Coinbase Might Relocate to UK, Other Jurisdictions: Report

Coinbase (NASDAQ:COIN) is reportedly getting ready for an anticipated “years-long” court case with the US Securities and Exchange Commission (SEC). This, according to a report from CNBC, which is citing comments from Coinbase CEO Brian Armstrong.

It appears that this update has come after the US regulator warned the crypto exchange of potential violations of applicable securities law.

This past month, the SEC issued Coinbase a Wells notice, which indicates the SEC Division of Enforcement has recommended an enforcement action against the firm.

At that time, Coinbase stated:

“… we are disappointed to share that the SEC gave us a “Wells notice” regarding an unspecified portion of our listed digital assets, our staking service Coinbase Earn, Coinbase Prime, and Coinbase Wallet after a cursory investigation.”

In statements shared with CNBC, Armstrong noted that they have “met with them over 30 times in the last year … never got a single piece of feedback from them about what we can be doing better or differently, and then this Wells Notice arrived,”

He added that he thinks they are “going to have to actually end up going to court to get the clarity they need and create the case law.”

It’s worth noting that the SEC has recently increased its scrutiny on crypto-assets platforms, going after firms it claims are providing unregistered securities. The SEC has really started using major enforcement actions to target various companies.

One of the most notable lawsuits is with American Fintech firm Ripple, which has now been active since 2020. The SEC claims that Ripple has sold unregistered securities.

However, Ripple’s management has been disputing these allegations.

Responding to a question from CNBC about whether Coinbase is actually prepared for a years-long court battle with the SEC, Armstrong said, “Absolutely.”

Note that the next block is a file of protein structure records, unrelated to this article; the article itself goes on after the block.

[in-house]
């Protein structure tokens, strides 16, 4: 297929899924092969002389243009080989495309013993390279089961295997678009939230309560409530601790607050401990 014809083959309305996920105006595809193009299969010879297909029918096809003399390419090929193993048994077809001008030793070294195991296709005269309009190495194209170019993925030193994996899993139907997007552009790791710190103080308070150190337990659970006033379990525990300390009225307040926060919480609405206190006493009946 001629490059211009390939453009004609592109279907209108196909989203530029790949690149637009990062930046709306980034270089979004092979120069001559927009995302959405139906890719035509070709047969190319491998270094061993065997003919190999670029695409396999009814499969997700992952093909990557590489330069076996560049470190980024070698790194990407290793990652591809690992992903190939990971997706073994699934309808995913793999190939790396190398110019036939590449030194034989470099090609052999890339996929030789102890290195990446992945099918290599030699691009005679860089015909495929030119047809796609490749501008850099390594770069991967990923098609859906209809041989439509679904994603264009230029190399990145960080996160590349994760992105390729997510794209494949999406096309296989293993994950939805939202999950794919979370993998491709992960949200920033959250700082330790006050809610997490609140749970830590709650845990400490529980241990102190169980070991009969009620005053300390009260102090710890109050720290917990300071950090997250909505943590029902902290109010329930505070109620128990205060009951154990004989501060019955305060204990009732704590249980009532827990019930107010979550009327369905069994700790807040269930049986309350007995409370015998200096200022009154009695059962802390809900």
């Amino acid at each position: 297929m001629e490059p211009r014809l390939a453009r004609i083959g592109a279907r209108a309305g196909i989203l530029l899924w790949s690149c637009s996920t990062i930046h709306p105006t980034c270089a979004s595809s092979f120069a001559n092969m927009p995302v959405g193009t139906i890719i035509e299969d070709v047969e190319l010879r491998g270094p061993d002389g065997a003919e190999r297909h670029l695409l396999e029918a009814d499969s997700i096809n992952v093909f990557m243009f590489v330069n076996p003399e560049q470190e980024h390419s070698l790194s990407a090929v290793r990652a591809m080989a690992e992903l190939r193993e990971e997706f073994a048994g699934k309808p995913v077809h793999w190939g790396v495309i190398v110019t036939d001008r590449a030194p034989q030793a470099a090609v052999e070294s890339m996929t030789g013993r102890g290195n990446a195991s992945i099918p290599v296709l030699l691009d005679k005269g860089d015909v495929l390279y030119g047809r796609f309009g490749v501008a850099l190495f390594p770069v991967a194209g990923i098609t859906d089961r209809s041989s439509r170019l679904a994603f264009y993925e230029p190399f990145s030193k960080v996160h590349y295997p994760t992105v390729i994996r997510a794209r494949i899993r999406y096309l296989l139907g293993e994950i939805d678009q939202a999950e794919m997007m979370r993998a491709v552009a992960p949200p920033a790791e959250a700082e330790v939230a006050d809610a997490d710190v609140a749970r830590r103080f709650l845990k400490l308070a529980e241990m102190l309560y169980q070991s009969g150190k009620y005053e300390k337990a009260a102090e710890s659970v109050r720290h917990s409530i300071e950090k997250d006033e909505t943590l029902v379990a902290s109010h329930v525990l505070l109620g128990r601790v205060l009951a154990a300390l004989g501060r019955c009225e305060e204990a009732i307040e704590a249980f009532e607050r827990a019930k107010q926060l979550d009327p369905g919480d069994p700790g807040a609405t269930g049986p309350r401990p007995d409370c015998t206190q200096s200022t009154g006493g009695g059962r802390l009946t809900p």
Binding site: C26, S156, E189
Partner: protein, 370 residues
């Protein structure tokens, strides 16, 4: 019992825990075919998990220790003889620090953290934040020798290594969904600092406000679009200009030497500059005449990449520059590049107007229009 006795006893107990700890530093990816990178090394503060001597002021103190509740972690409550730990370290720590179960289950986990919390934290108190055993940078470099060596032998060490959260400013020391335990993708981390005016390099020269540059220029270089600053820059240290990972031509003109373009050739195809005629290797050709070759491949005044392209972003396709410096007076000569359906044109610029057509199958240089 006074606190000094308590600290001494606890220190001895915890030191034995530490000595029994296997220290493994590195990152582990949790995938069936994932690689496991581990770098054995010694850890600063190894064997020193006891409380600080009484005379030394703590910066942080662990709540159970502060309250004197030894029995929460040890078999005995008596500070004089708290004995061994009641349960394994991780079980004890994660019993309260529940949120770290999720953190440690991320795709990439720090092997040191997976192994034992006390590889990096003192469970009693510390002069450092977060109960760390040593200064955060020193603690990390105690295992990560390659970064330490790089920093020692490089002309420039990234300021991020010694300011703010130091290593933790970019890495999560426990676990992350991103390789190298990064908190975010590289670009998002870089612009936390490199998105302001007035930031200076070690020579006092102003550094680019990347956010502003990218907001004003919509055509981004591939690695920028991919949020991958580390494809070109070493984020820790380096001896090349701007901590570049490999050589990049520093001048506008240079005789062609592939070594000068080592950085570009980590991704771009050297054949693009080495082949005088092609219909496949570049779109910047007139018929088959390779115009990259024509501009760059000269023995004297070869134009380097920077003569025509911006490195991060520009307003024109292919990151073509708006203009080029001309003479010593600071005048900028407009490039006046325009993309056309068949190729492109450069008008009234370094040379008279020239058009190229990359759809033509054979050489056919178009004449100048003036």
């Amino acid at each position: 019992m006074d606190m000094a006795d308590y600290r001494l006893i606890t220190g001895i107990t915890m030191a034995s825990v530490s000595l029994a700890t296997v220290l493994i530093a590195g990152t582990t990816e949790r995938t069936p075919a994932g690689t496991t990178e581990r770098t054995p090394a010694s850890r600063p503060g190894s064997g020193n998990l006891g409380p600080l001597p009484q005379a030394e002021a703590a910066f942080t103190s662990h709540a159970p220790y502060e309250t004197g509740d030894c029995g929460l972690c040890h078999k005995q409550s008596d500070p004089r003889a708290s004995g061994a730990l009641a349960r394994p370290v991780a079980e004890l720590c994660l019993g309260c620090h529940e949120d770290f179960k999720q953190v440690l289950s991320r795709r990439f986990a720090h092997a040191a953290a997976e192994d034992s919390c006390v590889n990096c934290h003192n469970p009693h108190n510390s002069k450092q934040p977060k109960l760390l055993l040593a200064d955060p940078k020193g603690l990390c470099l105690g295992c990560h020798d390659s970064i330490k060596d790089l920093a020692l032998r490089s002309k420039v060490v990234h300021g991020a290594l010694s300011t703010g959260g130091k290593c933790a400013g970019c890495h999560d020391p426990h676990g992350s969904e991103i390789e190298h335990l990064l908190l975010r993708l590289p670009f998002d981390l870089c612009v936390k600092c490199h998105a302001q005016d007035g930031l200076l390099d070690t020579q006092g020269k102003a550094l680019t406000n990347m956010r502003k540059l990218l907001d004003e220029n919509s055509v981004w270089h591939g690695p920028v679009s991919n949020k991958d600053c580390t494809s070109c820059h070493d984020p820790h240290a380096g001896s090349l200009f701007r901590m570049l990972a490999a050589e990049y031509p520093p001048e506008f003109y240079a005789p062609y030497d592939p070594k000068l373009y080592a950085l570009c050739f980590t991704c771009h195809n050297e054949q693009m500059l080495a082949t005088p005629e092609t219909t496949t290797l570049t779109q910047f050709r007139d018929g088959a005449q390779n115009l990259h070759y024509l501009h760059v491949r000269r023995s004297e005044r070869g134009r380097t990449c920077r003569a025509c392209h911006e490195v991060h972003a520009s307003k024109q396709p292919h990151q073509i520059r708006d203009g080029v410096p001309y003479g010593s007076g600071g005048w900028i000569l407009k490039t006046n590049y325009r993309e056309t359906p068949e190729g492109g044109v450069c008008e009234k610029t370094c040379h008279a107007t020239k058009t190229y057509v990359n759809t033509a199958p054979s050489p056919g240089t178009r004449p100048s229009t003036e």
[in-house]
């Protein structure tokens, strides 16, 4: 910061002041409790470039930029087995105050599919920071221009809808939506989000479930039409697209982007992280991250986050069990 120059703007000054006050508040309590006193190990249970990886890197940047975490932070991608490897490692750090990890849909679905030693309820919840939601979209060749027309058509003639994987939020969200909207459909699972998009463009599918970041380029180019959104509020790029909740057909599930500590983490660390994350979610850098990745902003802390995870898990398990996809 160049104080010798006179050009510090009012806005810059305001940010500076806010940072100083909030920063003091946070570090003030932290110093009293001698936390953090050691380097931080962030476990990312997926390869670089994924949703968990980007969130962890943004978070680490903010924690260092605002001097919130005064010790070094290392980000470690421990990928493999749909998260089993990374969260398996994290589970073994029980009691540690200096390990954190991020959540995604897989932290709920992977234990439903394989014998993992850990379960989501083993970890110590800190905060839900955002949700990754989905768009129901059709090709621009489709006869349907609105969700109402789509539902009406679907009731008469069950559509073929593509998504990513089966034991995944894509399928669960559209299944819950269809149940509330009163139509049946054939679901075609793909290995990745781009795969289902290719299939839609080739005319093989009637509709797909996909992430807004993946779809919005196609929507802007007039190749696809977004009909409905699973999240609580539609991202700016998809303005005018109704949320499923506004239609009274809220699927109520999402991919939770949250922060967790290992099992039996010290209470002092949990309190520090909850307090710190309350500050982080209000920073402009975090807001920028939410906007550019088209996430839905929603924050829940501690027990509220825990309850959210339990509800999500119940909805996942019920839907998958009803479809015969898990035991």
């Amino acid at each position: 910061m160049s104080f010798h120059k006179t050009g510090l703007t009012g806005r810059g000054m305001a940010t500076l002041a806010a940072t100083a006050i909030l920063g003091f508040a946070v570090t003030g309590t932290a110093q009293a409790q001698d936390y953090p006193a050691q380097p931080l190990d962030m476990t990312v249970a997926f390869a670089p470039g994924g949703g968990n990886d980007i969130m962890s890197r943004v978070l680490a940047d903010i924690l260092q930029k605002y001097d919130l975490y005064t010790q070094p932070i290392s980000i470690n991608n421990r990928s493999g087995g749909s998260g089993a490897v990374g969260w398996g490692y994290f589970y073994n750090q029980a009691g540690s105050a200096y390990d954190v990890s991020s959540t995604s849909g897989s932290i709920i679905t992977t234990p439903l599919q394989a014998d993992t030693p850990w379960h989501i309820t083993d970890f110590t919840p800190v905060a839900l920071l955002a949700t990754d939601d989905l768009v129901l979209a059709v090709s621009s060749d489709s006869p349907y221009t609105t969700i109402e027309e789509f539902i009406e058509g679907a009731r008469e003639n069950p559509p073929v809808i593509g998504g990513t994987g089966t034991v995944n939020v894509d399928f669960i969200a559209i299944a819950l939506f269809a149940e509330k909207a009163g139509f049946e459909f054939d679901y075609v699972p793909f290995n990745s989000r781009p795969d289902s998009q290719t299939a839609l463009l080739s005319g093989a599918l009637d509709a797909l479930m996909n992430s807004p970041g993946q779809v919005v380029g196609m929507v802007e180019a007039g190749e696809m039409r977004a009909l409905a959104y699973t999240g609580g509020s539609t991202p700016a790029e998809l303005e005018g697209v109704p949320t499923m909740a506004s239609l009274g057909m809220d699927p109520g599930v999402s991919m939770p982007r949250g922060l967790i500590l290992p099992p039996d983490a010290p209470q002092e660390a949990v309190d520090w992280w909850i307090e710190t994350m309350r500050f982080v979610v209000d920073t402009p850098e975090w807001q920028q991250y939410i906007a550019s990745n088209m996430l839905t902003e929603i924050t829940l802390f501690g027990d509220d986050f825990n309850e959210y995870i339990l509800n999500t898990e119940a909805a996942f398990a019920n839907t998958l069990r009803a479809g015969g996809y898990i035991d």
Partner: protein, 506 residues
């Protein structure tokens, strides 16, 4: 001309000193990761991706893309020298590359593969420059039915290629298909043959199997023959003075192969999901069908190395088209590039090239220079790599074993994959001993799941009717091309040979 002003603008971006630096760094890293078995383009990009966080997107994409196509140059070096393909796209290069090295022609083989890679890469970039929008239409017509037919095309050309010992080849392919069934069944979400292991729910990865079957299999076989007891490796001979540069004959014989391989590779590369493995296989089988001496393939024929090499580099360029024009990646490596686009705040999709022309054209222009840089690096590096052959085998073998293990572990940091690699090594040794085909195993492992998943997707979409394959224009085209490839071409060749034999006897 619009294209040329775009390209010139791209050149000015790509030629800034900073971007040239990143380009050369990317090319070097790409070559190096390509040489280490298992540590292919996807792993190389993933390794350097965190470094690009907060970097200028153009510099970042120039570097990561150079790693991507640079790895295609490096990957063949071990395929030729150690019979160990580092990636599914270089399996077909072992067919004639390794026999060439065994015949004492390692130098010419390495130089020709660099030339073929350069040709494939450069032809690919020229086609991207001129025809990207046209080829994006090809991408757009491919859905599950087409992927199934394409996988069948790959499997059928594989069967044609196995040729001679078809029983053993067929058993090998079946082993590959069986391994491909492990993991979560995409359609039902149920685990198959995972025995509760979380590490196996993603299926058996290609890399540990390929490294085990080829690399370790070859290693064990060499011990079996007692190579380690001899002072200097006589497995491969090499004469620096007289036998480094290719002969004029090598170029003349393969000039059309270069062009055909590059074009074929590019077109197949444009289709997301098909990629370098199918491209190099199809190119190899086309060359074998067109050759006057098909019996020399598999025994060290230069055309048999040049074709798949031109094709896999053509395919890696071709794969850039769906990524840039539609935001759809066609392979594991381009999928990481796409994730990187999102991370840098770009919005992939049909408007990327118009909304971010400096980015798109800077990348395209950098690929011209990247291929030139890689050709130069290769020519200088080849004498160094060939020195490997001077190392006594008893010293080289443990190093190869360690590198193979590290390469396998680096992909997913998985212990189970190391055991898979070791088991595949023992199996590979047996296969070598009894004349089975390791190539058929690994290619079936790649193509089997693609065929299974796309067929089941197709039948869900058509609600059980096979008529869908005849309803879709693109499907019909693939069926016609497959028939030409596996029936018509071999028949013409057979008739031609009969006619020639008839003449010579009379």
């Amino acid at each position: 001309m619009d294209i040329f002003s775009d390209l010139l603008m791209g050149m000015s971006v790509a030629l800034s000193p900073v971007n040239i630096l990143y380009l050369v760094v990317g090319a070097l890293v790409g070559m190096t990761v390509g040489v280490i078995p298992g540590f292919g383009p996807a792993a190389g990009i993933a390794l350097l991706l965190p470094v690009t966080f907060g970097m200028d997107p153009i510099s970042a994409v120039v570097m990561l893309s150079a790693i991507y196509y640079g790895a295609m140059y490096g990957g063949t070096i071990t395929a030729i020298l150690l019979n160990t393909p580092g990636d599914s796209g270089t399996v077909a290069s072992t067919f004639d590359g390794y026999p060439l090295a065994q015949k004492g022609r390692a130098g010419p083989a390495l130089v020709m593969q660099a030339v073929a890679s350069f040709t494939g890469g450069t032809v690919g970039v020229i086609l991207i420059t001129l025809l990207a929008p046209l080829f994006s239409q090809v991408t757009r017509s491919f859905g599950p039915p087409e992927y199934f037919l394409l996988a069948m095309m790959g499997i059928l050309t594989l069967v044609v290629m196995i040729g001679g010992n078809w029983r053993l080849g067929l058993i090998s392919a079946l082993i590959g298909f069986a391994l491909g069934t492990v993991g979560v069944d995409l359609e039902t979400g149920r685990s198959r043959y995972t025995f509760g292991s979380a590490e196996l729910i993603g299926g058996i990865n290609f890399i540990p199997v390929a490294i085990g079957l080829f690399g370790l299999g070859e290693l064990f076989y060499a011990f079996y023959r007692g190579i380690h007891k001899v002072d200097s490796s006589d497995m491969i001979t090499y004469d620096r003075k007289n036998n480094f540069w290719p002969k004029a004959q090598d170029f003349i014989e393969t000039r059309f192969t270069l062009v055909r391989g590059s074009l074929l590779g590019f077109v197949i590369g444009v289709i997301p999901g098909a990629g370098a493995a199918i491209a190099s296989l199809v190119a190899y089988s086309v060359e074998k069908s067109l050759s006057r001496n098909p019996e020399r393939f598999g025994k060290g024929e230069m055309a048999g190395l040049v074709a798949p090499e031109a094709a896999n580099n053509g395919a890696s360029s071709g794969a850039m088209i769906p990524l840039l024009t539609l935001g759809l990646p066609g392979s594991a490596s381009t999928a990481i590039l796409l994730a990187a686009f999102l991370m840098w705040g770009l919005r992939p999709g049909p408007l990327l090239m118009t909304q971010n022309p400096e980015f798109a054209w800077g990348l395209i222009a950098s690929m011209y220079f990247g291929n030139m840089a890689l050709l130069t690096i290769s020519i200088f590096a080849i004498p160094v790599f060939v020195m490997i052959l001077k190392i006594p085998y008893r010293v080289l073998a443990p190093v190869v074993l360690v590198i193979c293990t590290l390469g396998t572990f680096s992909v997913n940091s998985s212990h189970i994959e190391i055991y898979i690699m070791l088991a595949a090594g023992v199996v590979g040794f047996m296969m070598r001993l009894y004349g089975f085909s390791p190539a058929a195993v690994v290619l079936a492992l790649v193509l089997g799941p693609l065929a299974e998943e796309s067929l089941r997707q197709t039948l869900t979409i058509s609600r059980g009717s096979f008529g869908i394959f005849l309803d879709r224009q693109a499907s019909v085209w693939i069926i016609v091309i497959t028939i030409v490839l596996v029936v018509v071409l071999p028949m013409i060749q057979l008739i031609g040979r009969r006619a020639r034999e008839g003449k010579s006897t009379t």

He added that they “never seek litigation but it seems in this case they have initiated it and if we need to go to the courts to get the clarity that we need then we are very prepared to do that,”

Notably, the digital currency sector has expressed concerns that the SEC hasn’t given firms much-needed clarity on what they are able to do as crypto service providers (and not do). The regulator, however, maintains that the rules are quite clear under current laws.

Armstrong has also alleged that the SEC has acted in a manner that seems like an “abdication of responsibility.”

He added that the regulators’ duty is “to publish a clear rulebook and allow that market to be safe.” And also “to flourish in that country,” But Armstrong thinks they’ve “completely abdicated responsibility,”

Investors in digital asset firm Coinbase, which is currently listed in the U.S. and whose stock has surged around 90% in 2023, will be closely monitoring how the SEC situation plays out.

Barclays stated that “regulatory overhang” on Coinbase’s company stock “increased meaningfully” once the SEC had provided the Wells notice.

Barclays also mentioned that it thinks “the most onerous outcome could be that, if various crypto assets are deemed securities, Coinbase would therefore need to register as a securities exchange, in order to keep offering trading in those assets.”

As noted by Barclays:

“Under current securities law, securities exchanges are not permitted to offer services directly to retail customers, and Coinbase could theoretically be forced to separate the exchange and broker portions of the business.”

Recently, Armstrong made key statements during a fintech event in London.

He stated that the U.S. has “the potential to be an important market in crypto” however, at present, it is not providing regulatory clarity that the nascent industry really needs.

And should this persist, then Coinbase could look into various options of investing in its operations in other jurisdictions, such as relocating from the US to other places.

Armstrong commented:

“I think if a number of years go by where we don’t see regulatory clarity around us … we may have to consider investing more elsewhere in the world.”

He further noted that the firm is “looking at other markets” in order to invest in and was “probably going to invest more” in the United Kingdom.

He concluded:

“Like any business we have a budget and we have to decide where to allocate it. And so that means what products we want to build, but it also means what countries we want to invest it in any given year. And with the U.S. kind of lagging a little bit … we are looking at other markets.”

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